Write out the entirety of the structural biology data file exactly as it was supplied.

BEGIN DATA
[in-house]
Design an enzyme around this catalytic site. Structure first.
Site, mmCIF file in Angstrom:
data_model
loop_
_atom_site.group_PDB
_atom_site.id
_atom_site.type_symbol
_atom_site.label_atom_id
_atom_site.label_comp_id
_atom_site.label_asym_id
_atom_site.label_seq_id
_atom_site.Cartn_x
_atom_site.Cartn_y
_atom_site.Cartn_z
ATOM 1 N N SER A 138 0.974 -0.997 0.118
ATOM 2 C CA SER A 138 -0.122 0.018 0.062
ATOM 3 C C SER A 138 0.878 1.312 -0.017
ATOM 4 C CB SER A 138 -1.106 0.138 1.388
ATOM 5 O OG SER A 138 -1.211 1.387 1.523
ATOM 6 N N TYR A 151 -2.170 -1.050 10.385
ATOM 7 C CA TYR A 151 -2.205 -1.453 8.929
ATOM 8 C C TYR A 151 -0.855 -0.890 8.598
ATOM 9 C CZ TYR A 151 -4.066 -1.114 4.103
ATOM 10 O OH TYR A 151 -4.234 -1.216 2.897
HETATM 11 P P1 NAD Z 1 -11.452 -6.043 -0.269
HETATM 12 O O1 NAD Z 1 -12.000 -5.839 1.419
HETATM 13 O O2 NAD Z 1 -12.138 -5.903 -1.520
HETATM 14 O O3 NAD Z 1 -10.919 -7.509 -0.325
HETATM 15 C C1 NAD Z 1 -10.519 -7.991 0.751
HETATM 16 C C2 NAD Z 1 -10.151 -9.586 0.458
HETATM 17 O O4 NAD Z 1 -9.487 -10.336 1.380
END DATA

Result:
[in-house]
Design an enzyme around this catalytic site. Structure first.
Site, mmCIF file in Angstrom:
data_model
loop_
_atom_site.group_PDB
_atom_site.id
_atom_site.type_symbol
_atom_site.label_atom_id
_atom_site.label_comp_id
_atom_site.label_asym_id
_atom_site.label_seq_id
_atom_site.Cartn_x
_atom_site.Cartn_y
_atom_site.Cartn_z
ATOM 1 N N SER A 138 0.974 -0.997 0.118
ATOM 2 C CA SER A 138 -0.122 0.018 0.062
ATOM 3 C C SER A 138 0.878 1.312 -0.017
ATOM 4 C CB SER A 138 -1.106 0.138 1.388
ATOM 5 O OG SER A 138 -1.211 1.387 1.523
ATOM 6 N N TYR A 151 -2.170 -1.050 10.385
ATOM 7 C CA TYR A 151 -2.205 -1.453 8.929
ATOM 8 C C TYR A 151 -0.855 -0.890 8.598
ATOM 9 C CZ TYR A 151 -4.066 -1.114 4.103
ATOM 10 O OH TYR A 151 -4.234 -1.216 2.897
HETATM 11 P P1 NAD Z 1 -11.452 -6.043 -0.269
HETATM 12 O O1 NAD Z 1 -12.000 -5.839 1.419
HETATM 13 O O2 NAD Z 1 -12.138 -5.903 -1.520
HETATM 14 O O3 NAD Z 1 -10.919 -7.509 -0.325
HETATM 15 C C1 NAD Z 1 -10.519 -7.991 0.751
HETATM 16 C C2 NAD Z 1 -10.151 -9.586 0.458
HETATM 17 O O4 NAD Z 1 -9.487 -10.336 1.380